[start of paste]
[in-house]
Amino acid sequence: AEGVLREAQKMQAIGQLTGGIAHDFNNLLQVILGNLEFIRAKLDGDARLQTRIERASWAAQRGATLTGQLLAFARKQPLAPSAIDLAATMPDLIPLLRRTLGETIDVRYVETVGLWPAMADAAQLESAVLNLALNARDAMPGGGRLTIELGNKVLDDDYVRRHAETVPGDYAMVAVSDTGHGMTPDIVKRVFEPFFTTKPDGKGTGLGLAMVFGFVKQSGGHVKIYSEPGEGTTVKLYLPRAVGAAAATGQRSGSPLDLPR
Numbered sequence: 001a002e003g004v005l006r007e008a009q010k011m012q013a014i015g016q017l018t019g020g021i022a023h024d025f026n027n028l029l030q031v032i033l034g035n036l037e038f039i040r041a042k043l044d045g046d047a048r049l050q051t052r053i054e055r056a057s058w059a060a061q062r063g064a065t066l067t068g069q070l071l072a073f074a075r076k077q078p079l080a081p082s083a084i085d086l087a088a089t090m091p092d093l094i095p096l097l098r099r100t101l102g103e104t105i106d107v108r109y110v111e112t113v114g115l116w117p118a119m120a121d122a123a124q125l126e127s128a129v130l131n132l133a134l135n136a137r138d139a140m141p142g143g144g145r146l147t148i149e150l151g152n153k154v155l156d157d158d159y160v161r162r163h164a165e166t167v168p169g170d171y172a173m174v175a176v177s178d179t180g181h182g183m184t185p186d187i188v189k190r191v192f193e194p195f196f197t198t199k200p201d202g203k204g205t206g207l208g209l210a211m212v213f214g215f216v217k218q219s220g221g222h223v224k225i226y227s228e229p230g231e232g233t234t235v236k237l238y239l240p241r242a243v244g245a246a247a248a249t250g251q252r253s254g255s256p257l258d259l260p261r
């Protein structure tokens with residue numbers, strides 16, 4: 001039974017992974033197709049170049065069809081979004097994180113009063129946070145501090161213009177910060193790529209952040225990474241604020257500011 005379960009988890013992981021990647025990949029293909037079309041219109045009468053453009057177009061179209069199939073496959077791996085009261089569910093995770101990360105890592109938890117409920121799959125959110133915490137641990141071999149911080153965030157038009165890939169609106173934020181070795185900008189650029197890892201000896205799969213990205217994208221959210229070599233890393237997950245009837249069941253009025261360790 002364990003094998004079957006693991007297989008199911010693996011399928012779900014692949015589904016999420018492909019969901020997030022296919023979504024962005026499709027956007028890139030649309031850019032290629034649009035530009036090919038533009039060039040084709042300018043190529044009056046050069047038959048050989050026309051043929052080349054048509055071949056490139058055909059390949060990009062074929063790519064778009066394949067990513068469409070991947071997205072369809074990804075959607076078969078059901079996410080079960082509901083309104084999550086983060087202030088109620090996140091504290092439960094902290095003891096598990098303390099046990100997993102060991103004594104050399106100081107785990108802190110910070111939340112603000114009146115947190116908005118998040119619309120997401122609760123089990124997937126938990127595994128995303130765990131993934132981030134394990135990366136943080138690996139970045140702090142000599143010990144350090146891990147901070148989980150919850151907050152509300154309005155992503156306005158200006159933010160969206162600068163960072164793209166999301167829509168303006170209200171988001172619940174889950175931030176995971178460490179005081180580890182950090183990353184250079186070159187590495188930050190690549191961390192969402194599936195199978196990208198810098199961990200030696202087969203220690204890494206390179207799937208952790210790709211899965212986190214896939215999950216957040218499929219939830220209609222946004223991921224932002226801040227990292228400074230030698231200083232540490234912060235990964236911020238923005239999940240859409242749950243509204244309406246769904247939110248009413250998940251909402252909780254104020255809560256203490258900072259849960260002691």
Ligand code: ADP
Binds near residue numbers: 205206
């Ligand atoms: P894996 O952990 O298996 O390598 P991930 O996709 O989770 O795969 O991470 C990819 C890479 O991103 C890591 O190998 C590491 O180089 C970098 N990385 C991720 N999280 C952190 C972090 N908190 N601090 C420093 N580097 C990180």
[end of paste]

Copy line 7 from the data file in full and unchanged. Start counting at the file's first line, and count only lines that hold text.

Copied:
């Ligand atoms: P894996 O952990 O298996 O390598 P991930 O996709 O989770 O795969 O991470 C990819 C890479 O991103 C890591 O190998 C590491 O180089 C970098 N990385 C991720 N999280 C952190 C972090 N908190 N601090 C420093 N580097 C990180």